CB: When I was studying for my MBA at Bowling Green back in the 80s, the whole curriculum revolved around basically preparing students to become brand managers at major packaged goods manufacturers or a market research company, or to go to work for an investment firm. Retailers weren’t on anybody’s radar.
Today, some of the coolest jobs are at retailers like Limited Brands and Express. Retailers like Wal-Mart now control the channels of distribution. Thirty years ago, manufacturers such as P&G called the shots. Sometimes people think of retail jobs as working in stores. Actually, there are many, many retail-related occupations that do not require you to stand on your feet for eight-hour shifts.
Ohio State has one of the best logistics programs in the country. There is an incredible science and a load of high technology behind the whole 24/7 process of moving goods from their source to distribution hubs to store shelves, and Ohiois a leader in this field. Central Ohio is, in many ways, the birthplace of modern retailing management practices as a cadre of young business professors interested in retailing formed a consultancy called Management Horizons in the 1960s to create strategic and analytical frameworks to solve problems for private clients.
One of Management Horizons’ co-founders, Alton Doody, went on to start Retail Planning Associates in the 1980s, which specialized in store planning and design, including architecture, lighting, and graphics. When I worked there, roughly half of our design staff had degrees from CCAD. Along with Roger Blackwell and others, these Ohio State professors wrote the textbooks on retailing that are still used in many universities today. There is still an elite roster of local offshoot retail consulting firms like this that still keep Port Columbus busy everyday as they fly all over the country and world to assist retail clients.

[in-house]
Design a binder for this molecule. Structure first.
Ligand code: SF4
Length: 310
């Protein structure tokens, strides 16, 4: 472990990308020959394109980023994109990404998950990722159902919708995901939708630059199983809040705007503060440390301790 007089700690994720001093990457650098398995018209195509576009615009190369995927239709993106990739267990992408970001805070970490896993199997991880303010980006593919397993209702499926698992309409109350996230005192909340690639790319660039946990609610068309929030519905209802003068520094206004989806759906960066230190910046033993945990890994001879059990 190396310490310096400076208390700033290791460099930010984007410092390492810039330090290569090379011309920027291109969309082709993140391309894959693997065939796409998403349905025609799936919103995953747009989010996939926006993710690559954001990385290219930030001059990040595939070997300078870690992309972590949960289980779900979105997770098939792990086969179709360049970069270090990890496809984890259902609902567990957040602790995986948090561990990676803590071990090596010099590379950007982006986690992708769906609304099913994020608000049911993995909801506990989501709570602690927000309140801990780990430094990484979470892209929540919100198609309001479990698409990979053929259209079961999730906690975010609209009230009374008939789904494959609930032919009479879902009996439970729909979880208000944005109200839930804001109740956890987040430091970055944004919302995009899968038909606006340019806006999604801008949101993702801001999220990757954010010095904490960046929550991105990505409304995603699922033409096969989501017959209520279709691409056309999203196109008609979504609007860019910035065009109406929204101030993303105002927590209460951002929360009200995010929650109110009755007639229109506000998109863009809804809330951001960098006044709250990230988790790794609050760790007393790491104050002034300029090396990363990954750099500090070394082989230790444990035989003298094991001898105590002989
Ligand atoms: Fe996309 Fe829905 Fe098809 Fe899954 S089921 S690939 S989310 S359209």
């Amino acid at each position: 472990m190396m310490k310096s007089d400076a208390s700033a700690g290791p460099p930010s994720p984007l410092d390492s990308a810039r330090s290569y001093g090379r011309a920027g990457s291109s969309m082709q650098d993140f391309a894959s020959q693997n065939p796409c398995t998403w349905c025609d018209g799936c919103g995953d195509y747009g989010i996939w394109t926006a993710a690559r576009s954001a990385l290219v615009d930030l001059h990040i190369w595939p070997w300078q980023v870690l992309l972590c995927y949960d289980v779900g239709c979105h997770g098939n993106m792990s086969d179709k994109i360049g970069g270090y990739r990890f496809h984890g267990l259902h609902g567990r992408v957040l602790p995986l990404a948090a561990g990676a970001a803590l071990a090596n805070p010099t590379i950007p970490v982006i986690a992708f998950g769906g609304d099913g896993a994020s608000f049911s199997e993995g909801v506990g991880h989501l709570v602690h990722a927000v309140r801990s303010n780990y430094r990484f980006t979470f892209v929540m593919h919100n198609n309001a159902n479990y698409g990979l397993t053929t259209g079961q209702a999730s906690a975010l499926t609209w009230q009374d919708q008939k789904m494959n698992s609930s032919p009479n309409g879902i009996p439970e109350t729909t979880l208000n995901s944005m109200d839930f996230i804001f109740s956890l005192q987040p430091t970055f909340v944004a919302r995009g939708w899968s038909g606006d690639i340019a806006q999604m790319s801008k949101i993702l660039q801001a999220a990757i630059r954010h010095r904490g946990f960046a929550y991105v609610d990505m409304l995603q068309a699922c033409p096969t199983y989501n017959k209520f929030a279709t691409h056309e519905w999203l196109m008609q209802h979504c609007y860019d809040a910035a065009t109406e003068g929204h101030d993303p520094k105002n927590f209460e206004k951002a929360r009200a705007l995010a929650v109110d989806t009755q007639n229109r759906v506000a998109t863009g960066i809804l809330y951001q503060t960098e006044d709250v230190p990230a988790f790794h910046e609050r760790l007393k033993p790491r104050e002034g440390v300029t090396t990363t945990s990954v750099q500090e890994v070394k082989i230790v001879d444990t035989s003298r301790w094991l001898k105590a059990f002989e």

The advent of ecommerce and mobile commerce opens up a lot of work in those fields for retail companies and consultants, as well. Central Ohio’s deep reservoir of retailing talent at all levels is why large retailers like Sears can be somewhat credible in threatening to move here. Ohio State and CCAD graduates pump new energy into the pool each year.
Some will also choose to open their own restaurants and shops while others will go into store management at chains. We do have 56 million square feet of shopping center space in Central Ohio; we do need store managers! There are many career paths in retailing, especially in Central Ohio.
[M]: Why do you think local governments have started nurturing the little guys rather than hunting for big guys outside their regions?
CB: Well for one thing, 80 percent of employment growth in America occurs in small businesses. I think situations like where Bob Evans was offered $18 million in tax incentives to basically move up the road from Columbus to New Albany have left a bad taste in everyone’s mouths about the wisdom of doling out corporate welfare when the state is struggling so much. Helping the businesses already in your community get better is not only the right thing to do, it’s the smart thing to do.
[M]: Is there anything else you think we should know?
CB: Please, please, please follow us −Boulevard Strategies and Retail is Detail− on Facebook. Yes, I am groveling. We post commentary and articles daily on trends in retailing, real estate, urban planning, and financial services marketing. If you like the “Top 10 List,” you’ll enjoy our “feed” for thought.
To see the “Top 10 List” in its entirety, click here.